The company ILC Dover made the Mark III suit as a technology demonstrator in 1992. It actually was a zero prebreathe suit. It is pressurized to 57 kPa, which is close enough to the kPa used in NASA habitat modules so that the bends is not an issue. The Mark III had the shell covering the entire torso, not just the chest like the EMU. There is a hard upper torso, a hard lower torso. There are bearings at shoulder, upper arm, hip, waist, and ankles. There are soft fabric joints at elbow, knee, and ankle. I do not know why there are both types of joints at the ankles.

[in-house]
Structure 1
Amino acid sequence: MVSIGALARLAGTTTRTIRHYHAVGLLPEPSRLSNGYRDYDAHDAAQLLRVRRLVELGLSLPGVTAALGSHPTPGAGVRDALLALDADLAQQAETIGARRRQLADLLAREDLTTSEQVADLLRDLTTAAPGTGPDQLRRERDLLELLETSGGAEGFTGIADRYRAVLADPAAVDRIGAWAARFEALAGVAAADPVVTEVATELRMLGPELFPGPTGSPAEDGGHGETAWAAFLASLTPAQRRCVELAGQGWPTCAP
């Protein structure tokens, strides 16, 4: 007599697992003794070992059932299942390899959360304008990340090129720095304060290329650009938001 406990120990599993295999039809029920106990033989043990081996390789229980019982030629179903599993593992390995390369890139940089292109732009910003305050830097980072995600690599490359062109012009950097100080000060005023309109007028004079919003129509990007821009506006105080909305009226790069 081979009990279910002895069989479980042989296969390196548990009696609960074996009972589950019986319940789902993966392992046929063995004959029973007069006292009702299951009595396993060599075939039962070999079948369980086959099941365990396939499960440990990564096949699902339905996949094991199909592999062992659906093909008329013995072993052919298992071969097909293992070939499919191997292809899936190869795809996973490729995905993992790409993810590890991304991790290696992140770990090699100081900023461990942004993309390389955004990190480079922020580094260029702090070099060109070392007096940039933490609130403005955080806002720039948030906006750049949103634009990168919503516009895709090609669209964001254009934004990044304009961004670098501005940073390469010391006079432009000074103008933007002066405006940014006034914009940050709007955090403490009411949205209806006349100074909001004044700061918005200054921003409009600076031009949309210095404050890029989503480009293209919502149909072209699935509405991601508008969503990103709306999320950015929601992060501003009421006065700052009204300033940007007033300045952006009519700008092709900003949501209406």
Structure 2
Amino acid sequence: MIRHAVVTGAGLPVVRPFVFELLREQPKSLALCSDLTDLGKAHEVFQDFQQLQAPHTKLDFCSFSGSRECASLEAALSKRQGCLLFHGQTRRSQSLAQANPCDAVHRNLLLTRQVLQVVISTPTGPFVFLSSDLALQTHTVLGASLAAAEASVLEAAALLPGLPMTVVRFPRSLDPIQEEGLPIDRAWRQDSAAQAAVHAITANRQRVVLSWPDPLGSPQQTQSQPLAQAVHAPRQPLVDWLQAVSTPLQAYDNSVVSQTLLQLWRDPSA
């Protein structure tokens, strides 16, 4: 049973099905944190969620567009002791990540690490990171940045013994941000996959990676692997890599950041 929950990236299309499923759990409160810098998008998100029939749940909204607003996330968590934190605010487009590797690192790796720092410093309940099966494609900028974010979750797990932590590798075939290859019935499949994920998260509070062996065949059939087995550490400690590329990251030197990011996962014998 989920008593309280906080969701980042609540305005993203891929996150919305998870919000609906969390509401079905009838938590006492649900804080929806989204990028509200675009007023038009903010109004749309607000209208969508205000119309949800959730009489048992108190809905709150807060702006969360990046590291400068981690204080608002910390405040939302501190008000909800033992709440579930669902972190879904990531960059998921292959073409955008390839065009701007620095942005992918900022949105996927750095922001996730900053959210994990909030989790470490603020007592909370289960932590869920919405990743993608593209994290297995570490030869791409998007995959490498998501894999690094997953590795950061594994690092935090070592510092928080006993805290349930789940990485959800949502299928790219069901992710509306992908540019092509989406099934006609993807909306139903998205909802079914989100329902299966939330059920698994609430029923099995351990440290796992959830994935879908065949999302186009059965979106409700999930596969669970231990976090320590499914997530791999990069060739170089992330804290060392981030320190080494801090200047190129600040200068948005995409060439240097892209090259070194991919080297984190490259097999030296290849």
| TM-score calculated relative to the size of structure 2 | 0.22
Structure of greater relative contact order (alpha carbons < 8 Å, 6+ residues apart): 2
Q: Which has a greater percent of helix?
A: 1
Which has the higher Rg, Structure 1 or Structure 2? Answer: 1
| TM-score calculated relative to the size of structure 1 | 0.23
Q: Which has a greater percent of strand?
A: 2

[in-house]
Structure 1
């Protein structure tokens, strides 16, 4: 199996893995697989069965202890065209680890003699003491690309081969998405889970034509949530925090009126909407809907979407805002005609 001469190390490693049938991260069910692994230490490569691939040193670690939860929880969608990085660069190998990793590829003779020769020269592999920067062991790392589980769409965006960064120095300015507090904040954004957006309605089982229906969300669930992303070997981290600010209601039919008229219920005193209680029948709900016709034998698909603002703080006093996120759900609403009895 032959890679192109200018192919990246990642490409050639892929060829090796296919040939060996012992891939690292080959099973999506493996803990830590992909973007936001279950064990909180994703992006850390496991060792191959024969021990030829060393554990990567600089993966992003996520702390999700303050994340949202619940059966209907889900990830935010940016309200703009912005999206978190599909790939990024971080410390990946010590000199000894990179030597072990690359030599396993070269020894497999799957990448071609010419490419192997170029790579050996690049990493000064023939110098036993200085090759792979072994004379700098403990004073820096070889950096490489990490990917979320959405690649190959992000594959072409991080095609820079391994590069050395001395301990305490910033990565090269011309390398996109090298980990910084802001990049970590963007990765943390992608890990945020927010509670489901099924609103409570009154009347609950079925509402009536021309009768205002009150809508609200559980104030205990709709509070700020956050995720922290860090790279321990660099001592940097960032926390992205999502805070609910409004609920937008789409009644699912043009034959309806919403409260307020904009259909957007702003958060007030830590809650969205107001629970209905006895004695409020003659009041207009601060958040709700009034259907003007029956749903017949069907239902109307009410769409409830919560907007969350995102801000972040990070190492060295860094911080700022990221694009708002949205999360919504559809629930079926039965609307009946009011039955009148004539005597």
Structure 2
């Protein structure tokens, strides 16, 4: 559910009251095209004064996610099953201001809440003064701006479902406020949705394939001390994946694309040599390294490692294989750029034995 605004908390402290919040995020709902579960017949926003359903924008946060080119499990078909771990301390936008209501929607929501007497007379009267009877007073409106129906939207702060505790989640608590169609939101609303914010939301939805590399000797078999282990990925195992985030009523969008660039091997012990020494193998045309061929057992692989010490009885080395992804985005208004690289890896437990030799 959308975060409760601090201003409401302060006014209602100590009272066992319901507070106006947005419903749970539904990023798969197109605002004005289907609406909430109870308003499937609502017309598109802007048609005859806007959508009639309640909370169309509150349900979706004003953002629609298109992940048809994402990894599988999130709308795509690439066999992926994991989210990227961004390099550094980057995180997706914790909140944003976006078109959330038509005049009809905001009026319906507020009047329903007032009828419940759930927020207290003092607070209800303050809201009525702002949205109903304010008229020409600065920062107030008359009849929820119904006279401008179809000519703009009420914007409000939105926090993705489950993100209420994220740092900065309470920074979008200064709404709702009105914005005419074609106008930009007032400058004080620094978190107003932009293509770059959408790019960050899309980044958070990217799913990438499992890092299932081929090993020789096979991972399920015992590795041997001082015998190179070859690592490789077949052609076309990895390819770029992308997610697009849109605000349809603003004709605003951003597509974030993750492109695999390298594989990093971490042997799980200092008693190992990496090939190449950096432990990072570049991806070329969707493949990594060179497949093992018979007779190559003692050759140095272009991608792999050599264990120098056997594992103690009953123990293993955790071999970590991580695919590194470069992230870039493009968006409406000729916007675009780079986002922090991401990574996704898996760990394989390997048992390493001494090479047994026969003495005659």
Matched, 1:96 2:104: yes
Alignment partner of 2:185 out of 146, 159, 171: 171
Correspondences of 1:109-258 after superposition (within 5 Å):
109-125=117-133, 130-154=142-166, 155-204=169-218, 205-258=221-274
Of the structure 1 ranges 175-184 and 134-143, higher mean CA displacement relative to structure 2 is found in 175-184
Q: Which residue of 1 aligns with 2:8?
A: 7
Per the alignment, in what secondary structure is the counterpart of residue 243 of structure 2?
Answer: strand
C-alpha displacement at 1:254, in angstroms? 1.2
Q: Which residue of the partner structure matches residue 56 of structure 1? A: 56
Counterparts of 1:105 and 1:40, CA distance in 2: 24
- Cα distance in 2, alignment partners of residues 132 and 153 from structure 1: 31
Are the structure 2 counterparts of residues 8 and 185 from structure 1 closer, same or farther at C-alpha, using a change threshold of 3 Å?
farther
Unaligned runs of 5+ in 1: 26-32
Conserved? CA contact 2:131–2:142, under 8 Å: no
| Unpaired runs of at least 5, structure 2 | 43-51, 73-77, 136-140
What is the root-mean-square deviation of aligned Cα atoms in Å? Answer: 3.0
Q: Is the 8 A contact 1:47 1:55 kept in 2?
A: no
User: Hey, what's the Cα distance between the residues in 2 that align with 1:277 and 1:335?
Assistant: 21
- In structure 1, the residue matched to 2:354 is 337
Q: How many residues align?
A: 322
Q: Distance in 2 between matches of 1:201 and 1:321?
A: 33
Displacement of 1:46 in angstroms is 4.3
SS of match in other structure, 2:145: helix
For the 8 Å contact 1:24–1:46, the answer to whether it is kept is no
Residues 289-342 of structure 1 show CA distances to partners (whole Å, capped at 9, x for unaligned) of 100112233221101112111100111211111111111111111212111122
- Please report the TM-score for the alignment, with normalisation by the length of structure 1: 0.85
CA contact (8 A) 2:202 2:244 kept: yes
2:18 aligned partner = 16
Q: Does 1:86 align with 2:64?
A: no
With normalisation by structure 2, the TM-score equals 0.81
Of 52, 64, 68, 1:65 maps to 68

One point that is commonly brought up in the discussion of space warfare is the three-dimensional nature of space, and the need to think in three dimensions. While this is technically true, it is probably not as big of a factor as it is often portrayed to be. First, efficient transfers will be in the ecliptic plane, which means that most of the deployments will be made in that plane, in two dimensions. Even if one side chooses an inefficient transfer to avoid this, they would have to split up their force on the way to achieve meaningful separation between its elements, throwing away any advantage of surprise it might give them. Second, ships will be generally unable to maneuver in combat (as described above), limiting the impact of any brilliant 3-D tactics, as the opponent will have plenty of time to respond. Third, humans have been fighting in a 3-D environment for almost a century, and with a little bit of training, most people do not seem to have a problem thinking in 3-D. All but the most inexperienced officers will be familiar with the fact that space is not 2-D, and react accordingly.
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